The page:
The harsh economic crisis caused by the pandemic resulted in few rating downgrades globally and a low default rate, much lower than the highs recorded during the previous financial crisis. In Spain, however, the default rates were higher than those of neighboring countries and although the outlook for 2022 is stable, in the following years there is a greater risk of default among companies in the new context of higher interest rates. high, according to the outlook presented today by Moody’s.
The balance of 2020 and 2021 leaves a number of 10 defaults in Spanish companies covered by Moody’s, which represents “an important leap compared to the situation prior to the pandemic”, in which there used to be just one or none a year, as explained Jorge Rodríguez-Valez, the agency’s credit strategist.
The figure also comes out badly compared to the three defaults in France, all in 2020, the 4 in Germany or the only one registered in Italy. And although for this year, the expectation is of calm and stability in credit risk, thanks largely to the abundance of liquidity that still exists in the market, the rise in rates predicts higher default rates in the medium term . “Not this year, but in the next two or three years the conditions are going to change and there will be more defaults,” explained Rodríguez-Valez.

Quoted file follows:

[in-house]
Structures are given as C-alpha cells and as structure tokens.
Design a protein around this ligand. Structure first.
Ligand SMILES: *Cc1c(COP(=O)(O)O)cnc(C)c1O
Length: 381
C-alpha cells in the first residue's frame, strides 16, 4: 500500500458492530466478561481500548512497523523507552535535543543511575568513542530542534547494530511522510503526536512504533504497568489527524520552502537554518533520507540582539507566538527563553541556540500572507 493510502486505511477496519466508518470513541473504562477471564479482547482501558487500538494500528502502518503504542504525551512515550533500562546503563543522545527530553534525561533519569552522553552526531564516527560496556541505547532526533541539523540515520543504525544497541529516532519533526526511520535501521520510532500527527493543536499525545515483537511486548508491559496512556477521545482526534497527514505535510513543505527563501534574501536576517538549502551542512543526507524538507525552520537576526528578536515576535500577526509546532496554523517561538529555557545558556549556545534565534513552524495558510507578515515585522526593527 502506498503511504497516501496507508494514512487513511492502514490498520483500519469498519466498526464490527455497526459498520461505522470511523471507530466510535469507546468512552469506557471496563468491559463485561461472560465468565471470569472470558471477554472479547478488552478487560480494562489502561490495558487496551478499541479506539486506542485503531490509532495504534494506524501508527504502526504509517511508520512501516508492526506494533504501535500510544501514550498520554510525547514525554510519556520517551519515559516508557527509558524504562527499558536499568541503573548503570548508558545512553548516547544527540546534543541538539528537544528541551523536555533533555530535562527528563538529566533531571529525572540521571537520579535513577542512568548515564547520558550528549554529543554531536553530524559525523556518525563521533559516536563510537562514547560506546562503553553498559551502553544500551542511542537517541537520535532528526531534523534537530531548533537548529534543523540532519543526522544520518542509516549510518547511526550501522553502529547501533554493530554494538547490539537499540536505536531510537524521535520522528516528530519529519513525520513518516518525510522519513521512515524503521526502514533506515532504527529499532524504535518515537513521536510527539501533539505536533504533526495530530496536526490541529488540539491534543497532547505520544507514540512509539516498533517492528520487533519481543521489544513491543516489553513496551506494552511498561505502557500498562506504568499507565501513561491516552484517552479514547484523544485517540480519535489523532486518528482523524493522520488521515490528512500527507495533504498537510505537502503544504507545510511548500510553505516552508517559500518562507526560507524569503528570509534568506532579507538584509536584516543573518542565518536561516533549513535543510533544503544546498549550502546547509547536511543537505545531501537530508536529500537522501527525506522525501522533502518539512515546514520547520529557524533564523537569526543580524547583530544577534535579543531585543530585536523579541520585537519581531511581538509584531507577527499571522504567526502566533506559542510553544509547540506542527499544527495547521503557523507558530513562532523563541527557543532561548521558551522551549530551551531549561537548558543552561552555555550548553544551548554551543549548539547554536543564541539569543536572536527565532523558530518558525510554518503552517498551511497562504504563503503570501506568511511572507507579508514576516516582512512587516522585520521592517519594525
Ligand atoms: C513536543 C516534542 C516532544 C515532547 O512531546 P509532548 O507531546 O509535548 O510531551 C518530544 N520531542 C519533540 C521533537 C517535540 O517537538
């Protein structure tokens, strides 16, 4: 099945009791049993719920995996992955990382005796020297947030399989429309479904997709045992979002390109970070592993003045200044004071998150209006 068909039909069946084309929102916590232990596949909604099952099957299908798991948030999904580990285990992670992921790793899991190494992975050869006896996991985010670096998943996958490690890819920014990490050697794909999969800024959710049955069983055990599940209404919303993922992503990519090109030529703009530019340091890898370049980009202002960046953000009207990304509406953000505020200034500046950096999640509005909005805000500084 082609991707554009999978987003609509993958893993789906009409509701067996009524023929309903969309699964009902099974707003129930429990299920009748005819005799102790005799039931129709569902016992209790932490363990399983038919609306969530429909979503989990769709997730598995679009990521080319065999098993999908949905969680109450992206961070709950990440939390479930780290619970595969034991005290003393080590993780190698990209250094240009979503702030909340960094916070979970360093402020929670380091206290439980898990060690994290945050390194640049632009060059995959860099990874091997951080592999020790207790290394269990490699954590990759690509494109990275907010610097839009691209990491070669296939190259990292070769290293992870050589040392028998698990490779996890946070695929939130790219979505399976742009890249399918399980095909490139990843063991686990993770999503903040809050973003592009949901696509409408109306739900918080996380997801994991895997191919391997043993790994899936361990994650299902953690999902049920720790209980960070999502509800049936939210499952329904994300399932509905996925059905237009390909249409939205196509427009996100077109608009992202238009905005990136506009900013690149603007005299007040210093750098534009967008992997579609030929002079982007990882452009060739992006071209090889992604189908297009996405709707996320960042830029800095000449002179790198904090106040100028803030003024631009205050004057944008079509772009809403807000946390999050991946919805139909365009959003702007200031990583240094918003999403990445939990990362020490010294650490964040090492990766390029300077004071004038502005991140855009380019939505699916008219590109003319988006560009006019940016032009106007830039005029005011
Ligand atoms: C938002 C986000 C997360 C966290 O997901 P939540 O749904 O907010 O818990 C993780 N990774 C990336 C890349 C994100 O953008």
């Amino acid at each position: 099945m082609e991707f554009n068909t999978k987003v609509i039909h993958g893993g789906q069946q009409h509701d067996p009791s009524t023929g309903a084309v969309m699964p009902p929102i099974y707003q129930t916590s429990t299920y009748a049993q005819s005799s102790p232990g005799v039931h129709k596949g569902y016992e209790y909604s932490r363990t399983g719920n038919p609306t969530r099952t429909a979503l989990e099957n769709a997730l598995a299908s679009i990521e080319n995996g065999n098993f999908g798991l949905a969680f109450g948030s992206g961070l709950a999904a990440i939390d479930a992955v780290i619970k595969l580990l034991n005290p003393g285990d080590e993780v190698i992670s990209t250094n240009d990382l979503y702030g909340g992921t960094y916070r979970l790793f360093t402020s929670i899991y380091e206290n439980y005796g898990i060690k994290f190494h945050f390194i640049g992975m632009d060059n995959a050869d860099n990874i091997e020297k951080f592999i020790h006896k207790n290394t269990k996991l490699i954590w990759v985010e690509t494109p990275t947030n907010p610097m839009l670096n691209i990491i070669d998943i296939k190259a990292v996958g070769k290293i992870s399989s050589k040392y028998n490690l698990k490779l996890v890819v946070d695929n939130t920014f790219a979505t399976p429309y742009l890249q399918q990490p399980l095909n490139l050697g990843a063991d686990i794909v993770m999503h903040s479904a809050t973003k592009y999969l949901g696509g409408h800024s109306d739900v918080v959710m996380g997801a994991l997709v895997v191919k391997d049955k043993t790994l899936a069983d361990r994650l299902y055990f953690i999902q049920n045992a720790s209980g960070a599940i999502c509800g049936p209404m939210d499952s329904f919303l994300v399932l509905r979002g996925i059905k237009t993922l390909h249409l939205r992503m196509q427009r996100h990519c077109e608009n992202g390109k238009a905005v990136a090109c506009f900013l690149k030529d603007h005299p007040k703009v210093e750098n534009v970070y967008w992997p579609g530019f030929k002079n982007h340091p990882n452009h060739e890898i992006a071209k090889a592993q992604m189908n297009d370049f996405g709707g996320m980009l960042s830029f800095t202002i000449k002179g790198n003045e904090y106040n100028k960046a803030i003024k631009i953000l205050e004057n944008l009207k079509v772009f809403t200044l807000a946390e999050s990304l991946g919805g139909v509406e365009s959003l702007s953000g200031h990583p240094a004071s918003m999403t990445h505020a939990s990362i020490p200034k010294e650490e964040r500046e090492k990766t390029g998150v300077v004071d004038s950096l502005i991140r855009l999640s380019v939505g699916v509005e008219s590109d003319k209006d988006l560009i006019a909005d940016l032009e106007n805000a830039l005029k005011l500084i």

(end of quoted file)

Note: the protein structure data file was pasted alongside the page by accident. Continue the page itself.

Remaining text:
The highest number of non-payments registered in Spain in the last two years has to do directly with the effects of restrictions on mobility and its impact on companies dedicated to leisure, transport or restaurants, of great weight in the Spanish economy.
Banks, on the other hand, have withstood the crisis with little or no delinquency, thanks to public and monetary aid schemes and to having solid capital and liquidity buffers, built prior to the pandemic. “This year we expect a deterioration in the quality of banking assets, but moderate and acceptable for the sector. The outlook is stable for European and Spanish banks”, explained Pepa Mori, banking specialist at Moody’s.
Regarding the sustainability of sovereign debt, which reached 118.7% of GDP in 2021, the evolution of rates and growth will be key. Rubén Segura-Cayuela, chief economist for Europe at Bank of America, pointed out during his speech at the conference held by Mooyd’s that “the ECB will be patient in raising rates” and highlighted the need to make the most of European funds, in parallel to structural reforms. “There is no political capital for adjustments like those of 2010,” he assured.